Fantastic Fest Review: ‘The Banshees of Inisherin’ is a pitch black comic look at male friendship

Colin Farrell and Brendan Gleeson in the film THE BANSHEES OF INISHERIN.
Jonathan Hession/ Courtesy of Searchlight Pictures.

Reviewed by:
Rating:
5
On October 5, 2022
Last modified:October 5, 2022

Summary:

In Martin McDonagh's morbidly hilarious meditation on male friendship, Colin Farrell and Brendan Gleeson turn in performances every bit as powerful as in 'In Bruges' and paint a heartbreaking but comic look at one happens when one man doesn't want to be friends with another anymore.

“I just don’t like you no more,” Brendan Gleeson’s Colm intones to Colin Farrell’s Pádraic in the inciting scene of The Banshees of Inisherin. It’s a line that would be a throwaway or a thin punchline in most other comedies but Martin McDonagh makes it the heart of this melancholic, heartbreaking, and ofttimes hilarious film. The impasse between two men, one who wants to be left alone and the other who can’t let go, is as gripping and meaningful as any tale of star-crossed lovers and it may be McDonagh’s magnum opus.

The film takes place in 1923, in the waning days of the Irish Civil War, but little more than the sound of gunfire touches the remote isle of Inisherin, a fictional part of the Aran islands off Ireland’s West coast. But conflict finally touches its shores when Colm doesn’t meet Pádraic for their standing pint at the island’s public house. After Colm evades Pádraic’s overtures he’s finally confronted by the man who forces him to admit that their friendship is over. Without seeming malice, without any prior argument, Colm is through with Pádraic.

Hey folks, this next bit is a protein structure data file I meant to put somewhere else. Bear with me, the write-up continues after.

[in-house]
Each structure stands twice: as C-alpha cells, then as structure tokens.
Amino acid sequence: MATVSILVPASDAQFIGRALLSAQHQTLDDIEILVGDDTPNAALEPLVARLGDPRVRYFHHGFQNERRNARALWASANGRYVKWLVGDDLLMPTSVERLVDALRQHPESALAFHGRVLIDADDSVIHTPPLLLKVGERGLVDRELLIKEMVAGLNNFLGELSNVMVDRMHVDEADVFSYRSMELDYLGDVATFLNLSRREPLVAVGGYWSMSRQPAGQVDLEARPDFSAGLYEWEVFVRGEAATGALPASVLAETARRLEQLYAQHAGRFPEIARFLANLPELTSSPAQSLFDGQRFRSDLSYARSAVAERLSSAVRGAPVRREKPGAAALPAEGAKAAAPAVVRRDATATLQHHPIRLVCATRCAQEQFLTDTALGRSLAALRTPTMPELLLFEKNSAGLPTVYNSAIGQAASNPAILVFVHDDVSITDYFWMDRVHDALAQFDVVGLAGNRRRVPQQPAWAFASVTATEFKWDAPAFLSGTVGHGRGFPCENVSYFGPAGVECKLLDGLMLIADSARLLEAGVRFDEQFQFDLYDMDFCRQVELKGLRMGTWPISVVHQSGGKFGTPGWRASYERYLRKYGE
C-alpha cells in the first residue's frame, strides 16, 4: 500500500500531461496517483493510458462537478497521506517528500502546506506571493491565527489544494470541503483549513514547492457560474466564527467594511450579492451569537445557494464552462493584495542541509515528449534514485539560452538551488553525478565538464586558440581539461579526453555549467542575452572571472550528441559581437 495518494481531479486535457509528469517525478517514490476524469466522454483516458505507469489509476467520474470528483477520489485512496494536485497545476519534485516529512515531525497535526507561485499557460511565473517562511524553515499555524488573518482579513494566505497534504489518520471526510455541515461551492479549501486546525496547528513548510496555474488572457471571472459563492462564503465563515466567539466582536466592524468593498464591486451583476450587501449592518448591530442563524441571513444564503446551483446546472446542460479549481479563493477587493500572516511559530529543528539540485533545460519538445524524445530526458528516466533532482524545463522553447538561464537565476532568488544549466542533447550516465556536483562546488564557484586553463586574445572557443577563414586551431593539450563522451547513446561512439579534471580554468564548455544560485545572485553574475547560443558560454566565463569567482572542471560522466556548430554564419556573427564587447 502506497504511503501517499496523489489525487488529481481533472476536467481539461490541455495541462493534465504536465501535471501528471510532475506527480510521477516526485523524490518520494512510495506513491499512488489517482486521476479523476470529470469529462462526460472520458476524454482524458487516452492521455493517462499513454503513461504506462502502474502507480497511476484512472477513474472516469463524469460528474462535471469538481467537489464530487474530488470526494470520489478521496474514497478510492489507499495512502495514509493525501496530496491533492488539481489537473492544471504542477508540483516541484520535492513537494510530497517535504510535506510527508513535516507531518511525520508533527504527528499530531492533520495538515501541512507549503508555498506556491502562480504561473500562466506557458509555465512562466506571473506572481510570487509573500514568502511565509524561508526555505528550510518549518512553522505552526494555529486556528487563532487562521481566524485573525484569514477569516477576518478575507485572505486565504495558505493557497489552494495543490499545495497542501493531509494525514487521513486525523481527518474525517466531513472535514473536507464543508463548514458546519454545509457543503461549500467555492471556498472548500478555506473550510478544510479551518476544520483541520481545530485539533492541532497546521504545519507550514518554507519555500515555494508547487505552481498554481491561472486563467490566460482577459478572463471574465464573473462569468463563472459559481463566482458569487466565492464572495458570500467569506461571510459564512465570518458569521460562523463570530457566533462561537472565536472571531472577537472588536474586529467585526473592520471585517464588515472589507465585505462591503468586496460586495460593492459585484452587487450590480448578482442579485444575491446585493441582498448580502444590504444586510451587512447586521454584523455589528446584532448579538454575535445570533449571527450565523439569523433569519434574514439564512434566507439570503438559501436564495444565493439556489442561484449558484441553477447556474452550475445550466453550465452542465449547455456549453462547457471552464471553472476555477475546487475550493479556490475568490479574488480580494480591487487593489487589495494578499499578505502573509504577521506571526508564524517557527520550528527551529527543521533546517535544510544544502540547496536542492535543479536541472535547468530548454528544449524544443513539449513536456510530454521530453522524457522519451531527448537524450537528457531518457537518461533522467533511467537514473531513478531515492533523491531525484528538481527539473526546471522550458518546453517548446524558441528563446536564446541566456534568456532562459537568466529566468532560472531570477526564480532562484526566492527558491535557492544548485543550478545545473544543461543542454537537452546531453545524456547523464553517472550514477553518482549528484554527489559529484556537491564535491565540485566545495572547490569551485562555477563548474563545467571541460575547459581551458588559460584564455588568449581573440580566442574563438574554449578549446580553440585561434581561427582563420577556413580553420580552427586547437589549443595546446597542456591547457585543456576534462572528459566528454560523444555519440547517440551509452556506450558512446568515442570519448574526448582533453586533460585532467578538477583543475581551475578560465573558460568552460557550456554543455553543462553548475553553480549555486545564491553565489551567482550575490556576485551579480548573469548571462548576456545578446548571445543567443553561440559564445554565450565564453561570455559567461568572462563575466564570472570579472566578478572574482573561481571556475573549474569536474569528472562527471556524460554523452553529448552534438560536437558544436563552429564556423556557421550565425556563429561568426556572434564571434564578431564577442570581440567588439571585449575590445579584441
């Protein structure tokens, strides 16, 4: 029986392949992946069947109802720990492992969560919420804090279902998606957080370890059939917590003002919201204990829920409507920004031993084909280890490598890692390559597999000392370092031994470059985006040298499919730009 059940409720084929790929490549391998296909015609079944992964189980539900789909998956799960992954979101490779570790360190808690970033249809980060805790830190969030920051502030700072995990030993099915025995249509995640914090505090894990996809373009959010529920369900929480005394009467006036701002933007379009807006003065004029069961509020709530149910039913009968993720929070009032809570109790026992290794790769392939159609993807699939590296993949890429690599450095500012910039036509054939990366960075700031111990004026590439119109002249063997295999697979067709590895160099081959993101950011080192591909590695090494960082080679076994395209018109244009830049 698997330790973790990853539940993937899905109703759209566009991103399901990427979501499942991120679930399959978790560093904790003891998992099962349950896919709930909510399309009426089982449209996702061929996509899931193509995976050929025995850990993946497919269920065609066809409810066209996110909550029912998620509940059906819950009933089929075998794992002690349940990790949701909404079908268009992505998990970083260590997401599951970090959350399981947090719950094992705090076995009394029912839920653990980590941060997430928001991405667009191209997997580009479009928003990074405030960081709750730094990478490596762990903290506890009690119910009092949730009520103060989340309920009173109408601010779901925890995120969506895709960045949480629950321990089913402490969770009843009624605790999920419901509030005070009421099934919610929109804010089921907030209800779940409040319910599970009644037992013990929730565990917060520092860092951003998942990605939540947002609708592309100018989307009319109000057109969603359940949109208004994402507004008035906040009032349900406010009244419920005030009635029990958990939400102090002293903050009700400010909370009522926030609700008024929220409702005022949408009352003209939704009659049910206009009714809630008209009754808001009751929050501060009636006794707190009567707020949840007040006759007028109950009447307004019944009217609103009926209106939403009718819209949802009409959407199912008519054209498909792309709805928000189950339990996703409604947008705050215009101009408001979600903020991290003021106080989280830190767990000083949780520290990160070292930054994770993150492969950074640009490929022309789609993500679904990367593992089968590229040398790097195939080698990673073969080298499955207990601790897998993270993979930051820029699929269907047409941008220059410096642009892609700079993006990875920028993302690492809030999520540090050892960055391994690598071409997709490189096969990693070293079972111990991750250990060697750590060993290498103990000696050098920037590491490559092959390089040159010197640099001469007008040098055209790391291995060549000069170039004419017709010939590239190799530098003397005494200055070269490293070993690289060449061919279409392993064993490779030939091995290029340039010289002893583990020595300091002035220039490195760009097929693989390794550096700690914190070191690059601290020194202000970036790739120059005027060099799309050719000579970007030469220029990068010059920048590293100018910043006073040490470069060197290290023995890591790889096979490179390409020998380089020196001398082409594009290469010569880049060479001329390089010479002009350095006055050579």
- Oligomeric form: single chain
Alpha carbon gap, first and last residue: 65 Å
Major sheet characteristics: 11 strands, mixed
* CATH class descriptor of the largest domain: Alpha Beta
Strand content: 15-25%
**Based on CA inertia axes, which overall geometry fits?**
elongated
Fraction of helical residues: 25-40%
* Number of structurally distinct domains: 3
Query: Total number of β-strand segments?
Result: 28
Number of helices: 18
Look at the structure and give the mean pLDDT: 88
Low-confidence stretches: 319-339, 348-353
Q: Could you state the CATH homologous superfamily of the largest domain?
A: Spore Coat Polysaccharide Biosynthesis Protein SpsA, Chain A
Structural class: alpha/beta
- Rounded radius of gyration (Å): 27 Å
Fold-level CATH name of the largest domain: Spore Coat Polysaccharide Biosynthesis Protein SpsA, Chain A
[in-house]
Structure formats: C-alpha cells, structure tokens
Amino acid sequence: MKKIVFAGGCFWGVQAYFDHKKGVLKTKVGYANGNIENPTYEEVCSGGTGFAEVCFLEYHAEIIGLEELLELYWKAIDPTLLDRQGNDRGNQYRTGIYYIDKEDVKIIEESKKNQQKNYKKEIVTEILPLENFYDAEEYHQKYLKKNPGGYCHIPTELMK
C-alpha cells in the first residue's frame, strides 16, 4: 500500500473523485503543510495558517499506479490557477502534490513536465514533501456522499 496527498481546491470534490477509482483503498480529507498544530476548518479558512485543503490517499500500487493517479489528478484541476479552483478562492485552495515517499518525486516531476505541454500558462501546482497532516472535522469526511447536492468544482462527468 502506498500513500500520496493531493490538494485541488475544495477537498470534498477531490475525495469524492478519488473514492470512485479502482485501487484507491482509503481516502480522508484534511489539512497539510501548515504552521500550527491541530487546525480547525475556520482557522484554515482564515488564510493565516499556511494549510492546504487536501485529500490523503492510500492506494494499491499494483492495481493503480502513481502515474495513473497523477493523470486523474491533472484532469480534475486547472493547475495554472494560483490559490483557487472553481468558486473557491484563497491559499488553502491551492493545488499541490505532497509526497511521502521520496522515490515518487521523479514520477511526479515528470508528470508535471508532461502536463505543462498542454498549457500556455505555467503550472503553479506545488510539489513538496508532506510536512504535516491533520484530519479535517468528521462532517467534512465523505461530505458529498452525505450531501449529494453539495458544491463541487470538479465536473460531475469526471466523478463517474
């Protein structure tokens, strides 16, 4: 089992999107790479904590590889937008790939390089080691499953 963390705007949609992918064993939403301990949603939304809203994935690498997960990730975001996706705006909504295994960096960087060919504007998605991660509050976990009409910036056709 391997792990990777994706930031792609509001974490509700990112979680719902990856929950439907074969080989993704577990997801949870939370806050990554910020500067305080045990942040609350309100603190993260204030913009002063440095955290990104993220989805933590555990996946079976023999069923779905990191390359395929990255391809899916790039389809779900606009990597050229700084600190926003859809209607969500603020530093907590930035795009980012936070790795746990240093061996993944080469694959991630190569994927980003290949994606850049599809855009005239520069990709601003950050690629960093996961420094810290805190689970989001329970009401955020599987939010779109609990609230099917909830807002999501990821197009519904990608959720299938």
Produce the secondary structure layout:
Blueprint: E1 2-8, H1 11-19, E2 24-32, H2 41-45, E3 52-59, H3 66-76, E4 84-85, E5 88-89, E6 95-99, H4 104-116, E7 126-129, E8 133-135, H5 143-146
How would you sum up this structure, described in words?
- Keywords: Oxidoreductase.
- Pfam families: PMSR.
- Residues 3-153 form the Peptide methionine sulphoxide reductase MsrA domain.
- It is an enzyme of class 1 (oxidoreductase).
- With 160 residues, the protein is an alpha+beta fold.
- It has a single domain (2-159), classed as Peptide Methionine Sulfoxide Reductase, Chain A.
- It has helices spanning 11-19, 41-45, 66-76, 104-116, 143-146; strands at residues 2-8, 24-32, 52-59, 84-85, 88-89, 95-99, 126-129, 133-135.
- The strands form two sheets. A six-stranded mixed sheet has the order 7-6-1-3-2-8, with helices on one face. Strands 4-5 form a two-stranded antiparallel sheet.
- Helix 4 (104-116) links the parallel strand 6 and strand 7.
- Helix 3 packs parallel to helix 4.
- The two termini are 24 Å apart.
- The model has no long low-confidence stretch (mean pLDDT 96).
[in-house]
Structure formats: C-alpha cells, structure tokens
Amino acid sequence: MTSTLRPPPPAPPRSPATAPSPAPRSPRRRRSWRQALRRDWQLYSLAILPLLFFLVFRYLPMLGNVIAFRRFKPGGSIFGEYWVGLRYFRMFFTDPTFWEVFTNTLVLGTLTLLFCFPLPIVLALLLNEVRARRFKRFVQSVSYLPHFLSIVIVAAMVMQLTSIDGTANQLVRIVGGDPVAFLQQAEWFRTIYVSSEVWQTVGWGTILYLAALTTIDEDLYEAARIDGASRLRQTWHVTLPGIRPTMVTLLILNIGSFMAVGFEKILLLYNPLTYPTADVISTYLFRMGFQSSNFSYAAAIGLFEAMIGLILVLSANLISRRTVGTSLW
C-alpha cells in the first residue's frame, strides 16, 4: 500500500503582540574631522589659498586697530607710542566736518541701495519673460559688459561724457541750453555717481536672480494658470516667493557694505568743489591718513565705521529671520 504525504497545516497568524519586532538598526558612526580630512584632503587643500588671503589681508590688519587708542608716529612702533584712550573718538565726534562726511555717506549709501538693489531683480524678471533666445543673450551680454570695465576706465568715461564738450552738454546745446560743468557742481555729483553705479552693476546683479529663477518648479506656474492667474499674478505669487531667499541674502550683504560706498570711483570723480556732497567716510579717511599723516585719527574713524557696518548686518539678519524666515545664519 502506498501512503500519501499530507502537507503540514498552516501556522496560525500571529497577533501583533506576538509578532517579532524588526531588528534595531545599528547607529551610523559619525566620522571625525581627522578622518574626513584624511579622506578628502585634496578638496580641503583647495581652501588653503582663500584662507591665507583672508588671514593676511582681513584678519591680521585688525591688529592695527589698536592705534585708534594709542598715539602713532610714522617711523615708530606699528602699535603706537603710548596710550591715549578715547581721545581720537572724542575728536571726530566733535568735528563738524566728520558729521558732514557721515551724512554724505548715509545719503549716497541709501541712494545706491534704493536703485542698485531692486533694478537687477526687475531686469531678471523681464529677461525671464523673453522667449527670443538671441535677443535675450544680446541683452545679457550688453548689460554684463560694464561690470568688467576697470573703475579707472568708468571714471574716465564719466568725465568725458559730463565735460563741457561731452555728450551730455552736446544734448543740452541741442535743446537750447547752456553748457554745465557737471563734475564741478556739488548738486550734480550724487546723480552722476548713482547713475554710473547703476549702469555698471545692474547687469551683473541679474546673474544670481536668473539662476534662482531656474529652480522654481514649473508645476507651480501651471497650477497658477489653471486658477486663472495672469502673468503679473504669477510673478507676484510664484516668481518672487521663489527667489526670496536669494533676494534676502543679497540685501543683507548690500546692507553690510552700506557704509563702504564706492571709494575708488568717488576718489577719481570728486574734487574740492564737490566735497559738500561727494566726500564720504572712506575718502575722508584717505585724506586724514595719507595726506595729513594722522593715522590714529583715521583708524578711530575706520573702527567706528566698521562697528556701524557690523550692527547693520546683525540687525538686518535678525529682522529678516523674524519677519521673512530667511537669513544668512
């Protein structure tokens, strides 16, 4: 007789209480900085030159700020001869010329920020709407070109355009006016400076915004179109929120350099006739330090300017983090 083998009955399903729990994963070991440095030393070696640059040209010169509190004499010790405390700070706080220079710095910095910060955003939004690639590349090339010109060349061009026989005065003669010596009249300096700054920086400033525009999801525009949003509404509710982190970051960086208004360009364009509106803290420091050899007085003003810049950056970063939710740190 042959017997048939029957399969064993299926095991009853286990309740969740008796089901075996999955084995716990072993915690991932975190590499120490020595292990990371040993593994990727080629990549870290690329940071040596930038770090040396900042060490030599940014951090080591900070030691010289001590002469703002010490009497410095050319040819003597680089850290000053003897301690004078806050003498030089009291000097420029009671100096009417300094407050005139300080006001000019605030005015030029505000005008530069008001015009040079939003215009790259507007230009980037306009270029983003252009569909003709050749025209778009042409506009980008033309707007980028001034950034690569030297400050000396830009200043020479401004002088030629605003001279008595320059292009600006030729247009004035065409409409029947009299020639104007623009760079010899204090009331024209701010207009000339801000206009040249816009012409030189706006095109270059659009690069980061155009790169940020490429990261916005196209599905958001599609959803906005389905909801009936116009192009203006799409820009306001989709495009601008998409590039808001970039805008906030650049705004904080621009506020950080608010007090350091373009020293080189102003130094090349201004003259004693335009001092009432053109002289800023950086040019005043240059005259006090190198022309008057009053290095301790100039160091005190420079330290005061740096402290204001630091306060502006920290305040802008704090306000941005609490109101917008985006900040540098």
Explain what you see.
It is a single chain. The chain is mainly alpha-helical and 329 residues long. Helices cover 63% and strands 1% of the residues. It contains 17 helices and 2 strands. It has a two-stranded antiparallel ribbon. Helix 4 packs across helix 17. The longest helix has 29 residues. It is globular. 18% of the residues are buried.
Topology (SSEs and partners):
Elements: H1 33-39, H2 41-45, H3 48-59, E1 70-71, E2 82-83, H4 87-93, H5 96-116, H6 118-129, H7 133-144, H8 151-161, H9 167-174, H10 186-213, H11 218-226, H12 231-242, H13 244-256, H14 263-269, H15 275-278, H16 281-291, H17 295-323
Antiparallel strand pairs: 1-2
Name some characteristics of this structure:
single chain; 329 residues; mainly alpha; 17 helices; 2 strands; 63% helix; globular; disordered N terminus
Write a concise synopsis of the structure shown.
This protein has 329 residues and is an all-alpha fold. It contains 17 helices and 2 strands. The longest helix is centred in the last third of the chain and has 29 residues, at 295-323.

Unfortunately for Colm, you can’t exactly ghost someone on an island so small that the inhabitants know everyone’s names and the names of everyone’s pets and livestock as well. And certainly not when there’s only one pub to go to. Pádraic, who hasn’t the slightest wish to let Colm’s friendship go, consistently finds himself drawn into the other man’s orbit even on the occasion he’s not actively imploring him to take up things where they were left off. And while the situation breeds hilarity, it also lends to seemingly inevitable yet unlooked-for violence.

McDonagh’s at his best here, both morbidly hilarious while at the same time grounding every laugh with equal gravitas. As Pádraic, Farrell turns in a performance that is at first gormless and later electrified by the seeming hopelessness of maintaining the most meaningful relationship in his life. Gleeson, as a man desperately seeking something more meaningful than meandering drunken conversations at the local as he nears the end of his life is both instantly relatable and yet utterly ruthless as he takes grisly measures to deny Pádraic his friendship.

On either side of the incredible performances by the two In Bruges co-stars are the elevating performances of Kerry Condon as Pádraic’s sister Siobhán and Barry Keoghan as Dominic, the butt of the island’s jokes. Although Condon initially offers succor to her brother she comes to accept more and more that her home is stultifying her. Keoghan’s Dominic proves a foil to Pádraic and then a sop for his friendship with Colm, all the while just wanting someone, anyone to rescue him from the drunken abuse of his father, the island’s lone policeman.

There’s plenty of laughter to be had in The Banshees of Inisherin but it comes at the cost of blood and tears and results from the deep sadness of men unable to talk about their feelings. And perhaps that’s grandly Irish. McDonagh’s turned in masterful work before, In Bruges and the award-winning Three Billboards Outside Ebbing, Missouri but Banshees feels like his most fully realized and written work yet, a true blend of McDonagh’s acclaimed playwriting abilities and his skills as a filmmaker. It shouldn’t be any surprise if the film puts him on the path to awards season gold yet again.

The Banshees of Inisherin is scheduled for a limited theatrical release on Oct. 21.

The Banshees of Inisherin
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In Martin McDonagh's morbidly hilarious meditation on male friendship, Colin Farrell and Brendan Gleeson turn in performances every bit as powerful as in 'In Bruges' and paint a heartbreaking but comic look at one happens when one man doesn't want to be friends with another anymore.